Muscle and Function: The Gluteus Medius Muscle
One of the most used, but least known muscles in the body is the gluteus medius. Partially covered by the Gluteus Maximus, the Gluteus Medius originates along the iliac crest and inserts into the greater trochanter.
The Gluteus Medius has two main functions in the body. One is to abduct the hip with the help of the Gluteus Minimus. The other function is to stabilize the hip. Hip Abduction occurs in the frontal plane and is defined as moving the limb away from the midline of the body. Almost every sport has some form of lateral movement so it is vitally important for all athletes to strengthen their hip abductor muscles.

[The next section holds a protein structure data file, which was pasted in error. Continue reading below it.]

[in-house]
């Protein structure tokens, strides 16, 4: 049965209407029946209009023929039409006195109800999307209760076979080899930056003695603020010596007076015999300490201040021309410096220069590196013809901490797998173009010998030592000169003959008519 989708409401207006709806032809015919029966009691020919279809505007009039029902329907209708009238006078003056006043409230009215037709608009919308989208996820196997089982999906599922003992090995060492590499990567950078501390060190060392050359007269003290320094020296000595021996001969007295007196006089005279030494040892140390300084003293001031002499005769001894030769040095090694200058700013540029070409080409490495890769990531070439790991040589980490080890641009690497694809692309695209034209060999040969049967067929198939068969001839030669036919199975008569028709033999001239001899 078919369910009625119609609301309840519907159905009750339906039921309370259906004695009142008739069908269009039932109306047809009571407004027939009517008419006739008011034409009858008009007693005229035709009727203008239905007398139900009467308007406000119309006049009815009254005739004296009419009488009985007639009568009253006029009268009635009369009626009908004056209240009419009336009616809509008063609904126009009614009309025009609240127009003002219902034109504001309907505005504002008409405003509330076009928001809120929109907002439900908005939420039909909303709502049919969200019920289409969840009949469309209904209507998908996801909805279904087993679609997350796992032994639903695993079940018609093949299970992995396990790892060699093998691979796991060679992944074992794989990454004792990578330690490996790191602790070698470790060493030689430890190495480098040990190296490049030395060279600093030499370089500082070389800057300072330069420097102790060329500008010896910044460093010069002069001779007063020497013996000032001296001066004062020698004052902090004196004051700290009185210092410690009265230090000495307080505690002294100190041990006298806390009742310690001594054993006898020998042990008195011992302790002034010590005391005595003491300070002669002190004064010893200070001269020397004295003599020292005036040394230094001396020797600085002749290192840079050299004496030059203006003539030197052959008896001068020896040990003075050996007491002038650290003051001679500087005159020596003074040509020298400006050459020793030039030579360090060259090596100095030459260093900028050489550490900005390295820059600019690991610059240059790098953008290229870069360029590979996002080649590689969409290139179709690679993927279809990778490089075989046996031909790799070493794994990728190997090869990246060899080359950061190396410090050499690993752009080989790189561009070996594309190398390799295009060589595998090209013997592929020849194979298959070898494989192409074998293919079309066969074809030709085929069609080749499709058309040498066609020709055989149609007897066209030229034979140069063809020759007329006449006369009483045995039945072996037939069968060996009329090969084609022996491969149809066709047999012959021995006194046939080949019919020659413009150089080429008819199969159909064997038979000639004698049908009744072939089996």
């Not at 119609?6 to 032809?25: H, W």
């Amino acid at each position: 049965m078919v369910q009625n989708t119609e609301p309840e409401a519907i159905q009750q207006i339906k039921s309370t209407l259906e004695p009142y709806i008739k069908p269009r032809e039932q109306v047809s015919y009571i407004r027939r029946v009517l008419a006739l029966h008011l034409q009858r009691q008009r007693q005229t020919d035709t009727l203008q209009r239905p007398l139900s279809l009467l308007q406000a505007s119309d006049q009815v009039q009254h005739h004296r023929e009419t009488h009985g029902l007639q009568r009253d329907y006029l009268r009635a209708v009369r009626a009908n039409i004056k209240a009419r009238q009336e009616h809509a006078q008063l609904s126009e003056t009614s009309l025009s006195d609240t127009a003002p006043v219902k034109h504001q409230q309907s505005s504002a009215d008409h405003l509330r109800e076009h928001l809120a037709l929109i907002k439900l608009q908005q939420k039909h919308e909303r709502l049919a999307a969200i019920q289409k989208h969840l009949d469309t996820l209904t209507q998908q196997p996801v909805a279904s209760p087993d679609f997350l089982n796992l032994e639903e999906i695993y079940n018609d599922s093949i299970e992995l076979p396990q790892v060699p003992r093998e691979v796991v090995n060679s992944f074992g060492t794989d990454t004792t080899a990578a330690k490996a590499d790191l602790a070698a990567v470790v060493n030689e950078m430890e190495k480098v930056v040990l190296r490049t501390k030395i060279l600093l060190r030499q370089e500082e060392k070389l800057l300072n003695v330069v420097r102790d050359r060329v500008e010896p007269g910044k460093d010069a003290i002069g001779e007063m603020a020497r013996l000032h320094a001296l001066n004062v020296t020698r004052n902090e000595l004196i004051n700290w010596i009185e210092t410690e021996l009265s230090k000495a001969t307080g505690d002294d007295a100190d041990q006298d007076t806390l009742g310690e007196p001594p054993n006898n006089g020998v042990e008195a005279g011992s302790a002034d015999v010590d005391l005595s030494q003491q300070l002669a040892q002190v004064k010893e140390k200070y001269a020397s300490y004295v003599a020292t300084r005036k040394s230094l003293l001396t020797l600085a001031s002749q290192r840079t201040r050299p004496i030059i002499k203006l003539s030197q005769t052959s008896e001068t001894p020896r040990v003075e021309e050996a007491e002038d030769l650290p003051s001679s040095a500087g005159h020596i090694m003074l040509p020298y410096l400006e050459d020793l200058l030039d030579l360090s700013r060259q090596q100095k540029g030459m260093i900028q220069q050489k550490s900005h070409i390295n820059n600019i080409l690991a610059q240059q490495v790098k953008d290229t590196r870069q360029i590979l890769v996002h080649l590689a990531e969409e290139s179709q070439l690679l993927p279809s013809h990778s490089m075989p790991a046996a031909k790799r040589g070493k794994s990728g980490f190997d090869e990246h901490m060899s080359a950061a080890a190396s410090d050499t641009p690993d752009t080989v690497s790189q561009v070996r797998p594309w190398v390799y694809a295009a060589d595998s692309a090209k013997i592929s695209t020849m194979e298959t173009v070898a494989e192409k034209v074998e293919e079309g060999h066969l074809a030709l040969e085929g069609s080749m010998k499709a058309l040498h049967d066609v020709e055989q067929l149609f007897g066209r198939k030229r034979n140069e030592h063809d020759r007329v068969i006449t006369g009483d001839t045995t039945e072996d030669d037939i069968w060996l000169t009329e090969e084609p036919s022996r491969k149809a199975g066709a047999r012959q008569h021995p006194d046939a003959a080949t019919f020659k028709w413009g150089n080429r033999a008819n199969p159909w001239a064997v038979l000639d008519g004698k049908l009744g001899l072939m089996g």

This muscle also performs the vital function of stabilizing the hips. Specifically, when standing on one leg (or in mid-stride), a strong Gluteus Medius prevents the opposite hip from dropping. This obviously has implications for anyone who stands around on one leg or anyone who walks. Anyone who presents a dropped opposite hip while walking is said to have a positive Trendelenberg Gait.
Weak Gluteus Medius muscles are also thought to cause Iliotibial Band Syndrome and patellofemoral disorders (common in runners). While there are many strengthening modalities, a hip abduction machine is the most effective and efficient way to strengthen the Gluteus Medius. As always, it is best to work with a qualified Personal Trainer to learn the best and most effective ways to increase strength in the total body.